Is terminal obsolescence about to speed up?

Is terminal obsolescence about to speed up?

  • TOC Europe to discuss whether mega-vessels could mean container terminals more rapidly outgrow their design capacity

    London, 26.05.2015 – The impact of mega-ships on port and terminal operations has been well-documented at all the global TOC events. This year’s TOC Europe Conference and Exhibition, which takes place in Rotterdam on 9-11 June 2015, continues that debate drilling down into the implications for terminal investment and hinterland logistics operations.

    Neil Davidson, Senior Analyst — Ports & Terminals, at Drewry Maritime Advisors, lists higher demand peaks and lower troughs, pressure for faster ship handling, with significant operational and cost implications, as significant impacts of mega-vessels on port performance.

    However, Mr. Davidson, who will participate in the session Big Ships + Big Alliances = Big Challenges, on Day 1 of the of this year’s TOC Europe Container Supply Conference, points out other highly significant impacts. “Terminal capacity is becoming obsolete much more quickly than ever before,” he says.

    This poses a major challenge for port authorities and terminal operators as new capacity cannot quickly be brought on stream, and there are limits as to how much more productivity can be wrought from existing assets.

    “Given current gantry crane technology, we can only expect incremental gains in terminal productivity,” adds Mr. Davidson. “There are limits to the number of cranes that can be deployed per ship, and the speed of each crane. There is a general consensus in the industry that 3,000-3,500 moves in 24 hours is a realistic top-end performance for a large terminal handling large ships. To go beyond this on a consistent basis will take a revolution in handling technology, not evolution.”

    To address this, if carriers want to get the 6,000 moves in 24 hours called for by a former Maersk Line CEO some years back, an alternative approach is needed. “A change in the operational and commercial relationship between terminals and carriers will have to happen,” says Mr. Davidson.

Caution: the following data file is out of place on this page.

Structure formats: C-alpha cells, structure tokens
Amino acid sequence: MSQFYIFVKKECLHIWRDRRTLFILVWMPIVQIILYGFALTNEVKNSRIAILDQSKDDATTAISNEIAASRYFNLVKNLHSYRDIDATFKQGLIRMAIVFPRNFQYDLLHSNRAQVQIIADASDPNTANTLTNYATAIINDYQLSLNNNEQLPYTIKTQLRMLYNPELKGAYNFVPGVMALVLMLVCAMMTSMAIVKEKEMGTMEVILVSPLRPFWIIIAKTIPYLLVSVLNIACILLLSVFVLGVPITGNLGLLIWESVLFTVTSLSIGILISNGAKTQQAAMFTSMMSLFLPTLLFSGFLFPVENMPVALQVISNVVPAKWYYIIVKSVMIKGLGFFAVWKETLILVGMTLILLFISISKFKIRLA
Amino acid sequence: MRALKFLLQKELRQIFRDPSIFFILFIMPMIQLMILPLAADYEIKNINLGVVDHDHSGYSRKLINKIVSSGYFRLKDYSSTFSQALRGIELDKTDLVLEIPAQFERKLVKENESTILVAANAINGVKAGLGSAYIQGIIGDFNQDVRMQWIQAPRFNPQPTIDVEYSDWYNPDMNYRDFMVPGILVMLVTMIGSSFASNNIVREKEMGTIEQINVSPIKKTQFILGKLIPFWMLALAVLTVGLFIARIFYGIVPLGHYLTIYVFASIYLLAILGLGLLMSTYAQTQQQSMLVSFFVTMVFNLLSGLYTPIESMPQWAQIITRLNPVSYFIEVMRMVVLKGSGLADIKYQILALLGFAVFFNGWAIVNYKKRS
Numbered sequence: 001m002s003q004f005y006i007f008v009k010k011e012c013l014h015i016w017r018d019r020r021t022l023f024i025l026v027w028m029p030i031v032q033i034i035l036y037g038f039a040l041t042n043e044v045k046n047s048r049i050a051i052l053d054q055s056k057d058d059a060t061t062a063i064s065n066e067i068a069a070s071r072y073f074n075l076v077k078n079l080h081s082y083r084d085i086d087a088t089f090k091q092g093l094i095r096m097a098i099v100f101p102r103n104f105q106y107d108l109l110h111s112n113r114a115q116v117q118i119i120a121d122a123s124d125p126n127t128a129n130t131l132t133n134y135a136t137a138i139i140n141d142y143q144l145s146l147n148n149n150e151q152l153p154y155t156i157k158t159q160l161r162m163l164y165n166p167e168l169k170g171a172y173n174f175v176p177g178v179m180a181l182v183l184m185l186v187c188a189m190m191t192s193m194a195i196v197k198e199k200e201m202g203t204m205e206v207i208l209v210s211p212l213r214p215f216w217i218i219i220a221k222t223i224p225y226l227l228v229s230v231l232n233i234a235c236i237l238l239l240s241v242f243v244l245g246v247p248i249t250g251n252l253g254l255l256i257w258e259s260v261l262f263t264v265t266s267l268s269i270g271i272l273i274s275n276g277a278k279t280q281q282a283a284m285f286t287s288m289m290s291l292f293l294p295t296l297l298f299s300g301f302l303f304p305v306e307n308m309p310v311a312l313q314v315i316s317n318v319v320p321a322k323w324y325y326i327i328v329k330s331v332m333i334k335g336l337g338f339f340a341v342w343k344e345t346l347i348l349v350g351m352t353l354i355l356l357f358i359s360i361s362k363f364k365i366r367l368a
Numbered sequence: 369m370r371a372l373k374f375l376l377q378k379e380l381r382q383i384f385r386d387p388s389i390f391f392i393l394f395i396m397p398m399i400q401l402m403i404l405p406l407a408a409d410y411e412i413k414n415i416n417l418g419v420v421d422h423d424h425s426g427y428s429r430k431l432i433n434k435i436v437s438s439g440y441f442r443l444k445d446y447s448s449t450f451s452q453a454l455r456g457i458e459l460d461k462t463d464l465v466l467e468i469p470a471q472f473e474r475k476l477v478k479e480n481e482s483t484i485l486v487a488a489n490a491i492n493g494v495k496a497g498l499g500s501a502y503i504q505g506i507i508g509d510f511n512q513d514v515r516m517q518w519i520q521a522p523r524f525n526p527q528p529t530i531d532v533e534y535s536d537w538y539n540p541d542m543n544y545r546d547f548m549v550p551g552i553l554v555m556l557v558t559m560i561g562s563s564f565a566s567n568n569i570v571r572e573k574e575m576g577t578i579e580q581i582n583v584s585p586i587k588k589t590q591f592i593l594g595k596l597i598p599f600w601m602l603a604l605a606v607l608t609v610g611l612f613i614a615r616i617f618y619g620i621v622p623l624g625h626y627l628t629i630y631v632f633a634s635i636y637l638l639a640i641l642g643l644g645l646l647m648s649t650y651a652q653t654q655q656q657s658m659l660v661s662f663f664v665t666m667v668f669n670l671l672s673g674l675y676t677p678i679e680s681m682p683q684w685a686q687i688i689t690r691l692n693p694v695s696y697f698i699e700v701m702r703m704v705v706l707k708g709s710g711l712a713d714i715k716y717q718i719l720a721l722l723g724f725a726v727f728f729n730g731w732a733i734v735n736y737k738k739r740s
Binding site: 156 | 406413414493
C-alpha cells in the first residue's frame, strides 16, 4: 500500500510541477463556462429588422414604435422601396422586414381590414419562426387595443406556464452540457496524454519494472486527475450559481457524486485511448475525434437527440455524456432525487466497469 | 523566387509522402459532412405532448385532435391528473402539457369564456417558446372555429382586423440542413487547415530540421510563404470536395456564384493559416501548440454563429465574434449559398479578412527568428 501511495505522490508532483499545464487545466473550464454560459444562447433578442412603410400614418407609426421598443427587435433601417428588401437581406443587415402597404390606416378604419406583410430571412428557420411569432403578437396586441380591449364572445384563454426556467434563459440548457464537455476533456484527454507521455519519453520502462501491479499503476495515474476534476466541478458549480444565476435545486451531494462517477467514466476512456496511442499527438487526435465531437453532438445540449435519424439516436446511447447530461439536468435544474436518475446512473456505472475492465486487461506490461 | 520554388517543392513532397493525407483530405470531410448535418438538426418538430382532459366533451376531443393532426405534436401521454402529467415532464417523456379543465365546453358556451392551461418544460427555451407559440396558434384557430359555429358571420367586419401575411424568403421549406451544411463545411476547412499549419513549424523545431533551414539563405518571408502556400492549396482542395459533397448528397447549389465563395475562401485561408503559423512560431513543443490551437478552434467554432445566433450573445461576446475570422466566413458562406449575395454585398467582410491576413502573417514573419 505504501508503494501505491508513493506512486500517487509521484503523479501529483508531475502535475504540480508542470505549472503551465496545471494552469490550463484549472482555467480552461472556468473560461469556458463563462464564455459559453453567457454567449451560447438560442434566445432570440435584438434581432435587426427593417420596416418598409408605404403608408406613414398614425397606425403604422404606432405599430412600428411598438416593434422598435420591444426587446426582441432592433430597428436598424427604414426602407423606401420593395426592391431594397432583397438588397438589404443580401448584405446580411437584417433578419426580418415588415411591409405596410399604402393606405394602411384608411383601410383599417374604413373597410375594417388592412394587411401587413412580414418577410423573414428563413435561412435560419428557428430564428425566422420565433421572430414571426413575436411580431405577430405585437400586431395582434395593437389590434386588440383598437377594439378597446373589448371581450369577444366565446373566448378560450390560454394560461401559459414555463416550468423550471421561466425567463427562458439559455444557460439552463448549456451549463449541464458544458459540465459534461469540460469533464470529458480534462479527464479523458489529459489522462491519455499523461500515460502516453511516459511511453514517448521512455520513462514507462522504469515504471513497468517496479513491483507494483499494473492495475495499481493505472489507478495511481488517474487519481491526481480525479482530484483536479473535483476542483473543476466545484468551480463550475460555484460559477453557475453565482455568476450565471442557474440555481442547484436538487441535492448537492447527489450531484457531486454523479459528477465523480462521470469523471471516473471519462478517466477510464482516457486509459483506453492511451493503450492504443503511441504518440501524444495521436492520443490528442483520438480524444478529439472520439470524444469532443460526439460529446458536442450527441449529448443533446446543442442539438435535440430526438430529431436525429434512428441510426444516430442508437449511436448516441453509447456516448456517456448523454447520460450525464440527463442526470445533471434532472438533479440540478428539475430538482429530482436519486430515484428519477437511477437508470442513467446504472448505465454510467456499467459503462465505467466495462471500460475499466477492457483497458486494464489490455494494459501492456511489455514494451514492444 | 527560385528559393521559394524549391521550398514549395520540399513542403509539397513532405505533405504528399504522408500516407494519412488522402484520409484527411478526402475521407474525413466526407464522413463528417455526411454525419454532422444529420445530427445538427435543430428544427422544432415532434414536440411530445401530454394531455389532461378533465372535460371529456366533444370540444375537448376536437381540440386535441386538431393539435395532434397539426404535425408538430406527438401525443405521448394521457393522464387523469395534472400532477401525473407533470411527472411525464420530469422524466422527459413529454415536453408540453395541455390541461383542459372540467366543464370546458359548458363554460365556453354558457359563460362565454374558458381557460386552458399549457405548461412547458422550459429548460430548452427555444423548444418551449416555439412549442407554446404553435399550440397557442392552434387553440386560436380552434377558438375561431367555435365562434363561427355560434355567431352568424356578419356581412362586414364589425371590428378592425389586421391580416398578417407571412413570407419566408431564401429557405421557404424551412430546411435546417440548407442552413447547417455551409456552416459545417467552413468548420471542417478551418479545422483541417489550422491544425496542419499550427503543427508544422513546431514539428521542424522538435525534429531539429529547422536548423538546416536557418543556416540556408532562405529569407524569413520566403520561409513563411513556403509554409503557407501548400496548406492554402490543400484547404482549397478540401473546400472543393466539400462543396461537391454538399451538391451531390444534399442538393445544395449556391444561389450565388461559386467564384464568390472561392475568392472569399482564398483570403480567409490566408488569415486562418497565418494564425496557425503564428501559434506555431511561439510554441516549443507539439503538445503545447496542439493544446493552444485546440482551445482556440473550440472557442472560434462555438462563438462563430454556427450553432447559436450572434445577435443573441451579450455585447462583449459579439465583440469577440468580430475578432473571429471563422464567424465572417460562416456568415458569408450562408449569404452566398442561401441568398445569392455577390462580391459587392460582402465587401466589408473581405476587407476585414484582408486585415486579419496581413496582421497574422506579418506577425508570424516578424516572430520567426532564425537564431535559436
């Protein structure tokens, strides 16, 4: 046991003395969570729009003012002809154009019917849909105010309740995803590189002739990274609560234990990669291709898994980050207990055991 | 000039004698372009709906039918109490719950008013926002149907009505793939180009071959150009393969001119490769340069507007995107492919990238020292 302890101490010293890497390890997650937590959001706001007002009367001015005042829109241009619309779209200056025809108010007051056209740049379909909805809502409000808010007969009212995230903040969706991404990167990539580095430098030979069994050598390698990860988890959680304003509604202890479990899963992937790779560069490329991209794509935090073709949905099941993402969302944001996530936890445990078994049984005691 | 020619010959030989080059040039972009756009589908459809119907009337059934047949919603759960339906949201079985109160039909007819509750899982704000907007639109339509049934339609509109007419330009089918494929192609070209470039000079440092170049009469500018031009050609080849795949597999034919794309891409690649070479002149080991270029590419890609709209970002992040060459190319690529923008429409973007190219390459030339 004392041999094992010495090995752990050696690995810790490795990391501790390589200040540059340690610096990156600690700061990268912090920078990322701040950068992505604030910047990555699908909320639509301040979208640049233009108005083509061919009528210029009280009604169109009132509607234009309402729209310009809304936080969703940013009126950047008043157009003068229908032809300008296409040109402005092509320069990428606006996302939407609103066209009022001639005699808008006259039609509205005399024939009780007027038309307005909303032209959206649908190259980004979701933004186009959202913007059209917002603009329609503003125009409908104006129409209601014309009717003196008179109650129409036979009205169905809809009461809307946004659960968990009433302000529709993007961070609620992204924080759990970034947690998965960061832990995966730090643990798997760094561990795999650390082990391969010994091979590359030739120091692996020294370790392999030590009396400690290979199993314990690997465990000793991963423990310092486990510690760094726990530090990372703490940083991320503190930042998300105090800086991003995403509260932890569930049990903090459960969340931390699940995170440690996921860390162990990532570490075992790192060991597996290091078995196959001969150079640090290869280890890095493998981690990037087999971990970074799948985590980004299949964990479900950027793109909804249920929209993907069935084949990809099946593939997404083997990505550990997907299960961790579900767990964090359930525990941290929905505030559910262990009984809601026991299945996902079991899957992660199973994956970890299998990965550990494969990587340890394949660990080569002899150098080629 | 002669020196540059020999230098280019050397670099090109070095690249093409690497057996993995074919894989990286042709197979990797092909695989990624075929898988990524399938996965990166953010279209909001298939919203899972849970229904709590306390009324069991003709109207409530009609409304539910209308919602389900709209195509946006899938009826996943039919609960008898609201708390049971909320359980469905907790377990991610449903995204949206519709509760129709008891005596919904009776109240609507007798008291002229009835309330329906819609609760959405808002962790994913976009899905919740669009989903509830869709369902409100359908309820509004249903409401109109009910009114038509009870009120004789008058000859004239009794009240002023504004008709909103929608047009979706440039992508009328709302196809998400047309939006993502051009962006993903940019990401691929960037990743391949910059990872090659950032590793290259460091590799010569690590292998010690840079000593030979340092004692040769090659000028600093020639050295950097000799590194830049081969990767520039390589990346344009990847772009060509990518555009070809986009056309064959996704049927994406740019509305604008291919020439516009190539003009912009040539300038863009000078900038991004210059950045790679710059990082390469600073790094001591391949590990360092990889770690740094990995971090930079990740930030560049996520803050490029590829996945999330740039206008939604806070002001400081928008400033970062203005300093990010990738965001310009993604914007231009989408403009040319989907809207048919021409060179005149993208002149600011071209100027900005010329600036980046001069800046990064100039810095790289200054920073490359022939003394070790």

On the landside there have to be more innovative ways of working with shippers and transport service providers. For the wider supply chain, Mr. Davidson notes that the volume peaks mega-vessels are creating are putting pressure on the modal split, effectively favouring trucks and barges, at the expense of the less flexible rail option. This can run counter to the stated objectives of many shippers and port authorities to move a greater proportion of their containers from road to rail.

    Mr. Davidson sees the alliance structure as remaining fairly stable in the short to medium term, given that two of the four largest ones are newly formed. There could be more expansion of the geographical scope that each one covers, he says. But the question of carriers co-operating more on the landside, seeking to gain economies of scale in terms of inland transport, remains largely untouched.

    “Shippers are benefitting from the economies of scale brought about by bigger ships and fierce competition between carriers,” he comments. “However, bigger ships are creating more inland distribution challenges, which shippers have to deal with – and pay for!”

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